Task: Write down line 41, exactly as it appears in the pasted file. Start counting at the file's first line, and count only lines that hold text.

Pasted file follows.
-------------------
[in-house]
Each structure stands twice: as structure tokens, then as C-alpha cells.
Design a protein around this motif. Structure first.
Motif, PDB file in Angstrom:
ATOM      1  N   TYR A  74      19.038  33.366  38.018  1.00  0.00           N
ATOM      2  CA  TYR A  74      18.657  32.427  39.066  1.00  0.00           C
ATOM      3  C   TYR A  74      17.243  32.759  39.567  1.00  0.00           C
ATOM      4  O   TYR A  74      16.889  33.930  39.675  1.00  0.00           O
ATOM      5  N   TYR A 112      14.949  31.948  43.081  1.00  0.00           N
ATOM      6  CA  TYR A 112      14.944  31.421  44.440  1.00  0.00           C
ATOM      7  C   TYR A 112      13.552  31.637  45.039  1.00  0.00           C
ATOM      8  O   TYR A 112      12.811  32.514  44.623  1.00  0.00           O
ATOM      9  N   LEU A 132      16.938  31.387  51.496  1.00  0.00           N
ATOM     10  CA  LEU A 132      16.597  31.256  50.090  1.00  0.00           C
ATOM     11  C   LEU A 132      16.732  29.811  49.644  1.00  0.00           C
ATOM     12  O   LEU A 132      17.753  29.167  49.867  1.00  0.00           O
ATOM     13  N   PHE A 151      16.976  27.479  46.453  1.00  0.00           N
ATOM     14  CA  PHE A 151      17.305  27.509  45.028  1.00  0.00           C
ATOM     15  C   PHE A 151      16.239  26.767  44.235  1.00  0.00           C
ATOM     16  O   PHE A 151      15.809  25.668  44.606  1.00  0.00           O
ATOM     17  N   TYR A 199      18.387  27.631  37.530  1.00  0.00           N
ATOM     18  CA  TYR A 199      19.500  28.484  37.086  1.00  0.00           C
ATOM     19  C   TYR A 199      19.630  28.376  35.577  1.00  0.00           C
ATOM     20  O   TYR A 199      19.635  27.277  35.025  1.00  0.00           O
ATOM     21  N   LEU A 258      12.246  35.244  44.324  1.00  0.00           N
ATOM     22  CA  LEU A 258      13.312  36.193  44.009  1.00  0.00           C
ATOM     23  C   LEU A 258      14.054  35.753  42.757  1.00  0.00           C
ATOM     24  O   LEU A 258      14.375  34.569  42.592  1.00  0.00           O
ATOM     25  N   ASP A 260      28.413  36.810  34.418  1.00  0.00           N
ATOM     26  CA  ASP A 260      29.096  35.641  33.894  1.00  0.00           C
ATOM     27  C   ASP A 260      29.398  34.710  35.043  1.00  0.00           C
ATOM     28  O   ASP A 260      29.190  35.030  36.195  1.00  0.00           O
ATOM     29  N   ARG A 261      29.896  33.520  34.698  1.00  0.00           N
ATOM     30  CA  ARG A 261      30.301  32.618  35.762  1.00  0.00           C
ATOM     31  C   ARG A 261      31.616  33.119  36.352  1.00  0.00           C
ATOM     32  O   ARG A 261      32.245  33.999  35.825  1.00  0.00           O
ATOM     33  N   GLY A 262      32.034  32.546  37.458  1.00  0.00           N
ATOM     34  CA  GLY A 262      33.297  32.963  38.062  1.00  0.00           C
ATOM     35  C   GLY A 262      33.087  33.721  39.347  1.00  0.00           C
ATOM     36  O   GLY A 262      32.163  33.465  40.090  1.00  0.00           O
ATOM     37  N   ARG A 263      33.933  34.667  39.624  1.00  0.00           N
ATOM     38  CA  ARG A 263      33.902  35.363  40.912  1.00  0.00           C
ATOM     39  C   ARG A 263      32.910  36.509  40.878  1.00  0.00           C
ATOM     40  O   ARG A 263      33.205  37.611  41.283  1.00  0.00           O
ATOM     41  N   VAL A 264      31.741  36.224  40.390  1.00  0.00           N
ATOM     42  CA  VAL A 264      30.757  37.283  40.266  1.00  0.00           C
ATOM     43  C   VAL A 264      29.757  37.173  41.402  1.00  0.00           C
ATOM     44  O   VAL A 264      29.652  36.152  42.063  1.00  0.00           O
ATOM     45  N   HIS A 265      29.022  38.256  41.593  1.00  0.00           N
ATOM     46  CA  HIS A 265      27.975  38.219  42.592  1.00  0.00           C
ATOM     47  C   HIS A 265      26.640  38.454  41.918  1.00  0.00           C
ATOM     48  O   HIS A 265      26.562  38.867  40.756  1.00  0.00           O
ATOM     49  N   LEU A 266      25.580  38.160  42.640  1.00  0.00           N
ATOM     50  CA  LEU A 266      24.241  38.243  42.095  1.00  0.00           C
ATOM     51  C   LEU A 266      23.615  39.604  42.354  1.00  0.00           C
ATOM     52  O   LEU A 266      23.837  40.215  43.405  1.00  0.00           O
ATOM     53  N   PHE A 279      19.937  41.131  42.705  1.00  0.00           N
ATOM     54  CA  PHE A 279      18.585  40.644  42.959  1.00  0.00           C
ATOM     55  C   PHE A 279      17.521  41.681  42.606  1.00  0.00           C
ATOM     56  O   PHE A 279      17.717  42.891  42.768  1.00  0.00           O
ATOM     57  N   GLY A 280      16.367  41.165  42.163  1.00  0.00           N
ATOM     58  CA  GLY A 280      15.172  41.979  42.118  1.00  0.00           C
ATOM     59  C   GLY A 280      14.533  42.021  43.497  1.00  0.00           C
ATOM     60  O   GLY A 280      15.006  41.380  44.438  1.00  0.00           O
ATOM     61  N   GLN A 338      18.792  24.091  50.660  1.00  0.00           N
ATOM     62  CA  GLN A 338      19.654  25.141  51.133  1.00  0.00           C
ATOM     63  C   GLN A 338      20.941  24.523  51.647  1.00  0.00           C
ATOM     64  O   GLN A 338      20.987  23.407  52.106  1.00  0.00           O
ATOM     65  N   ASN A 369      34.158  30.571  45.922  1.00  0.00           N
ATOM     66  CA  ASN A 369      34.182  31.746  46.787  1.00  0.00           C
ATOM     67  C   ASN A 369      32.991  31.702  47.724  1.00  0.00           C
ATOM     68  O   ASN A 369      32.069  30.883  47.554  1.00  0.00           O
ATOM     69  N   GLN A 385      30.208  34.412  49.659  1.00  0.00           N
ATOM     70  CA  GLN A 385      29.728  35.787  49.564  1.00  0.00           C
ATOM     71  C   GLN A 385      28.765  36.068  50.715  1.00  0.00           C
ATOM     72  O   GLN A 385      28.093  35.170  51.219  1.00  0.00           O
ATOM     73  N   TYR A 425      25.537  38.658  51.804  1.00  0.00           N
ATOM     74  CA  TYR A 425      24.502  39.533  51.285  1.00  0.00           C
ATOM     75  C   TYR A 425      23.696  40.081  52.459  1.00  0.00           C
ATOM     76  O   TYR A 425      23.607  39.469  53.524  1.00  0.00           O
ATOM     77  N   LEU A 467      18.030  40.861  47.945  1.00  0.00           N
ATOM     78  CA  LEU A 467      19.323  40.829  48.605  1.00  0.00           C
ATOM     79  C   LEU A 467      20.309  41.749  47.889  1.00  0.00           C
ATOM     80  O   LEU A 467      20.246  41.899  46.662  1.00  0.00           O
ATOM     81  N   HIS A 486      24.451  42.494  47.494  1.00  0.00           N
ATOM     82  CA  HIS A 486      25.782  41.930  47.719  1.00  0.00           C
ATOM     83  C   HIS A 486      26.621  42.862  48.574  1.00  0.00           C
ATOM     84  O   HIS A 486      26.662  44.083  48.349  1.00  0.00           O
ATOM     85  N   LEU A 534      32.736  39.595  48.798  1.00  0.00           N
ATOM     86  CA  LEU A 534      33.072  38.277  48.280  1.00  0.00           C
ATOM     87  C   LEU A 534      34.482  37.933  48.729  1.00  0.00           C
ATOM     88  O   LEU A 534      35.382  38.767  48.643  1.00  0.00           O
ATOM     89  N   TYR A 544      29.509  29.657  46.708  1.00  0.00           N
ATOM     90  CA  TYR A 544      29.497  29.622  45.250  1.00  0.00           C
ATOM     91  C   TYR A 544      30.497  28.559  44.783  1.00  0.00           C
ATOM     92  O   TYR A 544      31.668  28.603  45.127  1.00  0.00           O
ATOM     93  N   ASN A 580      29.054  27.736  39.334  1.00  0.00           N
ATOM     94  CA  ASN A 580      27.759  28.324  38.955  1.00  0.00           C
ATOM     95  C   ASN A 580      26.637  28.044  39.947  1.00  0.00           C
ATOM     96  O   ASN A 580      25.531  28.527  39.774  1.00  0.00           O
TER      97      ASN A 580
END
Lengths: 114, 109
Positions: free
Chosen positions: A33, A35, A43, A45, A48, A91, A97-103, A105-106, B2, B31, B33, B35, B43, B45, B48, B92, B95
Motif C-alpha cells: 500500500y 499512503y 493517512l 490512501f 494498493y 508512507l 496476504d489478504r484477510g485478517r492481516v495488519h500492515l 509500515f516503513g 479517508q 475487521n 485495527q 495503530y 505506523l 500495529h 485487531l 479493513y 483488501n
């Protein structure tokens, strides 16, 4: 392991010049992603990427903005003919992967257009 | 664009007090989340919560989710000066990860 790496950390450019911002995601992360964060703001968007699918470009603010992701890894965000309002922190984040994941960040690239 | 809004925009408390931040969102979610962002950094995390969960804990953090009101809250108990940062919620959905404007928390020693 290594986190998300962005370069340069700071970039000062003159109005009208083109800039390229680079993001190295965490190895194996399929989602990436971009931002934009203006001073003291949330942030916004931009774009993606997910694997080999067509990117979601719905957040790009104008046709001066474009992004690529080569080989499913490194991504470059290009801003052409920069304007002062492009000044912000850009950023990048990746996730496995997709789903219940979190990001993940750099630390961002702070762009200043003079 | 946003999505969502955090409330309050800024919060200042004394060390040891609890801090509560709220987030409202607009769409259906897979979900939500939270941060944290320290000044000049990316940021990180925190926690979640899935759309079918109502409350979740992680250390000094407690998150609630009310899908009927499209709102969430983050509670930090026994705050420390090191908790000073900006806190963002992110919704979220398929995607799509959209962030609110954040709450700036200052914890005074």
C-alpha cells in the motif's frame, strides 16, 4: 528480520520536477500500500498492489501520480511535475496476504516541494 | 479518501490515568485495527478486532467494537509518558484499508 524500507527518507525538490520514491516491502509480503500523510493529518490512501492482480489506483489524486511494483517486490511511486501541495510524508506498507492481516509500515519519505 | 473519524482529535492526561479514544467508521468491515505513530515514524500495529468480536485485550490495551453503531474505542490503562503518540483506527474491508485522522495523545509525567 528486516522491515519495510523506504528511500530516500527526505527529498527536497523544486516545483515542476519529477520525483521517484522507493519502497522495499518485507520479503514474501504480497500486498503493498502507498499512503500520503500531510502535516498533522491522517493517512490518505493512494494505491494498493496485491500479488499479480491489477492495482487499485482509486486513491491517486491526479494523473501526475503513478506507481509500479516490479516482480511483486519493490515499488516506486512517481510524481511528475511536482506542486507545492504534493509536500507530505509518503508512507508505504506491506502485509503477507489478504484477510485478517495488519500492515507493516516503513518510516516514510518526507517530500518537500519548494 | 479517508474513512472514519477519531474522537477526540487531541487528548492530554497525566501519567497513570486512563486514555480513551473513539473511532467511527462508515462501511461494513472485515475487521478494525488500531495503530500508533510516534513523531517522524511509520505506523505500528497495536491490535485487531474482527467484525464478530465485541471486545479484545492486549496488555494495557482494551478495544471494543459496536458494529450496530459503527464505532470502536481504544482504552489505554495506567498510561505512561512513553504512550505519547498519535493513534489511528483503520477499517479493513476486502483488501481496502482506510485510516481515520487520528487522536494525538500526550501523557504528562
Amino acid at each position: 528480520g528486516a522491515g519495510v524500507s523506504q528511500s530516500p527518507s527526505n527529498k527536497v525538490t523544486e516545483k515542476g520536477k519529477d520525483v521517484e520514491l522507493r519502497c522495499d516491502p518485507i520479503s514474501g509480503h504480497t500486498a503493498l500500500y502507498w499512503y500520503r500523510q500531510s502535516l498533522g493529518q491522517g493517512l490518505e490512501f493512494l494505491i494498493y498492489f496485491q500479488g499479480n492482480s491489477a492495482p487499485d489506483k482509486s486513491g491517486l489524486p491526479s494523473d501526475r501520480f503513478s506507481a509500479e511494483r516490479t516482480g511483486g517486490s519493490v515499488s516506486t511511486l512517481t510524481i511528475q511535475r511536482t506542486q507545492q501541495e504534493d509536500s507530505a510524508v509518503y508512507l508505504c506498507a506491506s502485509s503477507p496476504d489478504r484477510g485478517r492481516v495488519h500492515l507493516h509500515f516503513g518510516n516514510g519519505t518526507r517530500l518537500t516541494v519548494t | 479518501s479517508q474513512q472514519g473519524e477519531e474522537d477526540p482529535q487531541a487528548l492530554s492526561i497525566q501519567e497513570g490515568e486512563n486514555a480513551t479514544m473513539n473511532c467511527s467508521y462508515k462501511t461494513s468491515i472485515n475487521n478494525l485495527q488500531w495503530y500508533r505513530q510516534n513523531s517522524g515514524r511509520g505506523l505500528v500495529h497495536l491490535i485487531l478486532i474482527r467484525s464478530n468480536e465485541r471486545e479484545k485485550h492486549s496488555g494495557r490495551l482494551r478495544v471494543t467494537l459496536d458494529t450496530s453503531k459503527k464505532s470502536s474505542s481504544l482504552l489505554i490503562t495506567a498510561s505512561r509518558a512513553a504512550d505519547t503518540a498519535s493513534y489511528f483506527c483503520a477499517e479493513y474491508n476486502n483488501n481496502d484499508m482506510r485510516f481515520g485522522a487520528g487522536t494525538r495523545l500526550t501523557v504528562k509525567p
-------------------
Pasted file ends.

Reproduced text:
ATOM     37  N   ARG A 263      33.933  34.667  39.624  1.00  0.00           N